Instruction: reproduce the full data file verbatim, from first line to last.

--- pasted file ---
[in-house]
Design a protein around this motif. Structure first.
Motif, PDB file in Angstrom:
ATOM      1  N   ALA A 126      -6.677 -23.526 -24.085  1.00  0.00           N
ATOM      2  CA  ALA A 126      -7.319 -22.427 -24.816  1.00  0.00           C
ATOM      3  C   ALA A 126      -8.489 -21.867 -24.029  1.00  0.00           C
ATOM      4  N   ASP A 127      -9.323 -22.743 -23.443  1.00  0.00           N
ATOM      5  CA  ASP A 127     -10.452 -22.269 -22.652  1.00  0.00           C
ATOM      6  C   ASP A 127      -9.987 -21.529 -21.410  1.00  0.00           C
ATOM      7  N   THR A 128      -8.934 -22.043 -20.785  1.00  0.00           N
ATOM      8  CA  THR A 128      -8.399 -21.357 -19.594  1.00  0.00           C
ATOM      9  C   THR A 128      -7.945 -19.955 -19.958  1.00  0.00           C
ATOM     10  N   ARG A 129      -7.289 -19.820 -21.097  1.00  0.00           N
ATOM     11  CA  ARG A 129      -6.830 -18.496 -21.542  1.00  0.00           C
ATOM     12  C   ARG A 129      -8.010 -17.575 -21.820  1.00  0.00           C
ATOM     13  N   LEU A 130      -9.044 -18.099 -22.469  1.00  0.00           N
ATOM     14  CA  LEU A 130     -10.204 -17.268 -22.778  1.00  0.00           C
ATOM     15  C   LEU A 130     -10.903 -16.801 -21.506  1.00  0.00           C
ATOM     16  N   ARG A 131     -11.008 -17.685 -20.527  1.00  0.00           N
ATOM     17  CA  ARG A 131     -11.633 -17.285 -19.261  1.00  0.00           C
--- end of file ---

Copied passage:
[in-house]
Design a protein around this motif. Structure first.
Motif, PDB file in Angstrom:
ATOM      1  N   ALA A 126      -6.677 -23.526 -24.085  1.00  0.00           N
ATOM      2  CA  ALA A 126      -7.319 -22.427 -24.816  1.00  0.00           C
ATOM      3  C   ALA A 126      -8.489 -21.867 -24.029  1.00  0.00           C
ATOM      4  N   ASP A 127      -9.323 -22.743 -23.443  1.00  0.00           N
ATOM      5  CA  ASP A 127     -10.452 -22.269 -22.652  1.00  0.00           C
ATOM      6  C   ASP A 127      -9.987 -21.529 -21.410  1.00  0.00           C
ATOM      7  N   THR A 128      -8.934 -22.043 -20.785  1.00  0.00           N
ATOM      8  CA  THR A 128      -8.399 -21.357 -19.594  1.00  0.00           C
ATOM      9  C   THR A 128      -7.945 -19.955 -19.958  1.00  0.00           C
ATOM     10  N   ARG A 129      -7.289 -19.820 -21.097  1.00  0.00           N
ATOM     11  CA  ARG A 129      -6.830 -18.496 -21.542  1.00  0.00           C
ATOM     12  C   ARG A 129      -8.010 -17.575 -21.820  1.00  0.00           C
ATOM     13  N   LEU A 130      -9.044 -18.099 -22.469  1.00  0.00           N
ATOM     14  CA  LEU A 130     -10.204 -17.268 -22.778  1.00  0.00           C
ATOM     15  C   LEU A 130     -10.903 -16.801 -21.506  1.00  0.00           C
ATOM     16  N   ARG A 131     -11.008 -17.685 -20.527  1.00  0.00           N
ATOM     17  CA  ARG A 131     -11.633 -17.285 -19.261  1.00  0.00           C